It was a very tough week for the wheat market, which then ended on a sour note. Chi and KC posted double digit losses and MPLS was down 9-10 cents as well. Paris milling futures also finished poorly and just could not hold onto any gains into the end of trading. Fund selling and outside market influence on recession concerns seemed to dominate this week. The bearish tone that has been set is ominous, but we do anticipate a recovery, simply due to the fact that there have been too many issues facing the market this year. Just how long that will take though is anyone’s guess. With prices now at three month lows and getting close to pre-Ukraine war levels, traders may step up to the plate and buy back into the market. The situation there has not improved, and if anything has gotten worse, which still lends some bullish support. There is also the fact that technically, wheat has become very oversold and is due for a correction to the upside. This week, there was not much fresh news to pass along, but the USDA did report an increase of 17.6 mb of wheat export sales for 22/23.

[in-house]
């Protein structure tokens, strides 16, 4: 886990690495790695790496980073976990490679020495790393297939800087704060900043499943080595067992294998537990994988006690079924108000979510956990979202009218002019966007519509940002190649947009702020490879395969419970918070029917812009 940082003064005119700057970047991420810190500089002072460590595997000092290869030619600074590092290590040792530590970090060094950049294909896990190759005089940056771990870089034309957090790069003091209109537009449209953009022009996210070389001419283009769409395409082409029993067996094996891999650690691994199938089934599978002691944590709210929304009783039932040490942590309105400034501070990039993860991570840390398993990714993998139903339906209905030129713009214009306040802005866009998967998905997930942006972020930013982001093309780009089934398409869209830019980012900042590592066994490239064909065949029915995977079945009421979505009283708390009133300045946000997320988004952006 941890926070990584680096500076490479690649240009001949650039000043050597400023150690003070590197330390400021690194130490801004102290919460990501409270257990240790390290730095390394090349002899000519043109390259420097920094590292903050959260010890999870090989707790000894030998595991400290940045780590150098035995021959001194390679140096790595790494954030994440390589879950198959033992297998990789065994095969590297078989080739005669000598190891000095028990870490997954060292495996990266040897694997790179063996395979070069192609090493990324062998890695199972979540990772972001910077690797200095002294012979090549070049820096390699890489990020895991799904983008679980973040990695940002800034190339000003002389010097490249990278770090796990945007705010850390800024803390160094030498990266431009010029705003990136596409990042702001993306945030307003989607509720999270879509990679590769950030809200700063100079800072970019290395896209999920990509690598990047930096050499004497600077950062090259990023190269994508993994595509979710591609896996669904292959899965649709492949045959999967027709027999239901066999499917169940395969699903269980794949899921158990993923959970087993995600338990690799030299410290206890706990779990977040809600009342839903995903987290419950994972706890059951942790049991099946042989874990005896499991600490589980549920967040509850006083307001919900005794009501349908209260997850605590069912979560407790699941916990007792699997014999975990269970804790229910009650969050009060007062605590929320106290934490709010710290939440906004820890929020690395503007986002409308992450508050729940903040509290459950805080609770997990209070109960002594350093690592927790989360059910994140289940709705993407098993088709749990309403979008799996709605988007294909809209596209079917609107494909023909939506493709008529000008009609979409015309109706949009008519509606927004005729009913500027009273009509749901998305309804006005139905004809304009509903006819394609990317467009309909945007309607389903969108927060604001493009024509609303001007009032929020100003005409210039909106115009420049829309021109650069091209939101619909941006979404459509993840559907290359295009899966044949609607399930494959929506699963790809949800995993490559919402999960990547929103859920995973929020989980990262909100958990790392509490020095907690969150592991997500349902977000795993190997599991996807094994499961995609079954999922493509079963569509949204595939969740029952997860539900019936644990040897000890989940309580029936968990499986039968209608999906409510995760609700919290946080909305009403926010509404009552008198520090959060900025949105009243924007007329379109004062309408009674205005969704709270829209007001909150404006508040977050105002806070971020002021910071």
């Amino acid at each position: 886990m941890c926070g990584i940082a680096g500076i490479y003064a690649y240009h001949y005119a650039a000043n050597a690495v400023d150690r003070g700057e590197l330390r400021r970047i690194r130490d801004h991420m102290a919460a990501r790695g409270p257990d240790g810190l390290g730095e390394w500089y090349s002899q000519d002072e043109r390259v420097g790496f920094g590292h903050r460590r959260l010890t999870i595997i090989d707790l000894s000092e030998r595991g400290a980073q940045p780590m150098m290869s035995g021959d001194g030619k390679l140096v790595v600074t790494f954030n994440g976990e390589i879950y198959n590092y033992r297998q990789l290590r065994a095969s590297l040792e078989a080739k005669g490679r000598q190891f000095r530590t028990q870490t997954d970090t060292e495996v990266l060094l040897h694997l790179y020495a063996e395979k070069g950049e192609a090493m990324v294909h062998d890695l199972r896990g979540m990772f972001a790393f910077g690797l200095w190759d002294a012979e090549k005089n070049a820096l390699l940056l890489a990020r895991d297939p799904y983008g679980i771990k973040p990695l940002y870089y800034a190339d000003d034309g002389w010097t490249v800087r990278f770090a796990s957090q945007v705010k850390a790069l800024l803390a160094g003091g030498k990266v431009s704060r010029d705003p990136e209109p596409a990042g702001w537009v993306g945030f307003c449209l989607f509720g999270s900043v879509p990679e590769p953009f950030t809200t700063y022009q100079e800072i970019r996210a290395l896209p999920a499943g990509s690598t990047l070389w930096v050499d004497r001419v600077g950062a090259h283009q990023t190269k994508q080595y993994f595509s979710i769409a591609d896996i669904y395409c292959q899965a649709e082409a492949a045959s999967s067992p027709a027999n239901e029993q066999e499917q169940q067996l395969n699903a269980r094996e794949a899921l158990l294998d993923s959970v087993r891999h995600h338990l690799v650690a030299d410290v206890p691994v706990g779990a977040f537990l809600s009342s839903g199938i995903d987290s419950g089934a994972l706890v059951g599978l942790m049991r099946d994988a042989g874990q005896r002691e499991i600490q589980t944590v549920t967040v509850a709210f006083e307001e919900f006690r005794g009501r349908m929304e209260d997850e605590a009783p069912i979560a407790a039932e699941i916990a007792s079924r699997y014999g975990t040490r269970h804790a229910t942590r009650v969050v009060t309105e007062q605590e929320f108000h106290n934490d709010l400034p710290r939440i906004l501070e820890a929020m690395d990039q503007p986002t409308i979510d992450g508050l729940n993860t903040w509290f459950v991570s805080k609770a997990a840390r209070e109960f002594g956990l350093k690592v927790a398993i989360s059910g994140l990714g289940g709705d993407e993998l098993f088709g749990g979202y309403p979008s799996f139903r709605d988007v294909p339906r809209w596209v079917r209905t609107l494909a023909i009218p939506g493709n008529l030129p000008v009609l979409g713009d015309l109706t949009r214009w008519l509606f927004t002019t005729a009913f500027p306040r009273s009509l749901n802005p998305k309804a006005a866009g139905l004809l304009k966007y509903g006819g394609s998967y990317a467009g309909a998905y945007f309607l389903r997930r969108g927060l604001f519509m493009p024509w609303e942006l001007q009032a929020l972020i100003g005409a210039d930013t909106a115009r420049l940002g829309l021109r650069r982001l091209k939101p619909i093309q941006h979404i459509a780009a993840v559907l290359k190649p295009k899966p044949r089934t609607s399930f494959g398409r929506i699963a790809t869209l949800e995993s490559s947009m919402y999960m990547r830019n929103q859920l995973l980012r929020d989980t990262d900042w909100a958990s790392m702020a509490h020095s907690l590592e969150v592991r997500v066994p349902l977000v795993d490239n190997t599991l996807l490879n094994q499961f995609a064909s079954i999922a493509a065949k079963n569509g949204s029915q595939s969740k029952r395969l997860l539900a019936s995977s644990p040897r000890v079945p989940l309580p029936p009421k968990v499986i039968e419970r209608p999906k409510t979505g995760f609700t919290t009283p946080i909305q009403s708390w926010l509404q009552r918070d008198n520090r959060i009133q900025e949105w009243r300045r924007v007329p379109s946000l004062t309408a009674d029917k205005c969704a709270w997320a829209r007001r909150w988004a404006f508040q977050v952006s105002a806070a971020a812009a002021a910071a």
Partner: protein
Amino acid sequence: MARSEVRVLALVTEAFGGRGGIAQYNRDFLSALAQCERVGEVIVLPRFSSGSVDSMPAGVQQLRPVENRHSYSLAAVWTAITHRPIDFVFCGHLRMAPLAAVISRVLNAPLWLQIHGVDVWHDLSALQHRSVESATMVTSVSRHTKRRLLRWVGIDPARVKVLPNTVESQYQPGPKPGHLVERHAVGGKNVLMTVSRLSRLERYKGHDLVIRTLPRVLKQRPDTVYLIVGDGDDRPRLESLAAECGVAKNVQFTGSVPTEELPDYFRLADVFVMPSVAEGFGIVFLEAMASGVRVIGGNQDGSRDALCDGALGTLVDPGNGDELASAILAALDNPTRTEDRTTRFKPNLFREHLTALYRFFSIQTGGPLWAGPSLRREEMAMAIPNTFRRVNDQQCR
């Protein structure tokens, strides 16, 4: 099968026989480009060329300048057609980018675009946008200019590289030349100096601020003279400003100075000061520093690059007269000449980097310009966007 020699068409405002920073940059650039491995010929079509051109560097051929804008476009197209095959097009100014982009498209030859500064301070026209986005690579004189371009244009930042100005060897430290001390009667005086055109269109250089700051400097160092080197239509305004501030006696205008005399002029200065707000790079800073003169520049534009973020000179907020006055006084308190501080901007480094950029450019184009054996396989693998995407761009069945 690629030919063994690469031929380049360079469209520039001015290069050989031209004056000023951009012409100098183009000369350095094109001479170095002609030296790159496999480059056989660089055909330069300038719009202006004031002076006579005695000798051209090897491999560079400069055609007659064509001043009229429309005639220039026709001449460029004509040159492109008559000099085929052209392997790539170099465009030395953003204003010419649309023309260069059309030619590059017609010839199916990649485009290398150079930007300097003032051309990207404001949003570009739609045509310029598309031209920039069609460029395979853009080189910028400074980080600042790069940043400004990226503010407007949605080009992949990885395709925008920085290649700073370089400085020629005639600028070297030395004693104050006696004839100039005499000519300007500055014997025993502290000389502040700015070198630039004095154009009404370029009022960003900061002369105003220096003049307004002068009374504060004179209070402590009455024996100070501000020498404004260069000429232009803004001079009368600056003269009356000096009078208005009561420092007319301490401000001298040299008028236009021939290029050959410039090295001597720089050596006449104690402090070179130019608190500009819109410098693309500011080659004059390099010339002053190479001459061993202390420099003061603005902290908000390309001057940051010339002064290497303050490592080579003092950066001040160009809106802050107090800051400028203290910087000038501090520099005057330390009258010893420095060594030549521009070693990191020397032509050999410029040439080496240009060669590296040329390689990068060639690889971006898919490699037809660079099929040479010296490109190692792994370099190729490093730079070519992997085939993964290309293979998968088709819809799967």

CATTLE HIGHLIGHTS:  Live cattle futures finished mixed on the day with cash trade complete for the week and the market positioned for the USDA Cattle on Feed Report. Feeders saw selling pressure on Friday as the grain markets recovered after a strong week of selling pressure. Jun cattle gained 0.100 to 135.350, and Aug cattle were 0.500 lower to 133.375. In feeders, Aug feeders were 2.350 lower to 172.500. For the week, June cattle traded 2.675 lower, while August slipped 3.200. n feeders, August feeders were 0.450 lower on a choppy overall week.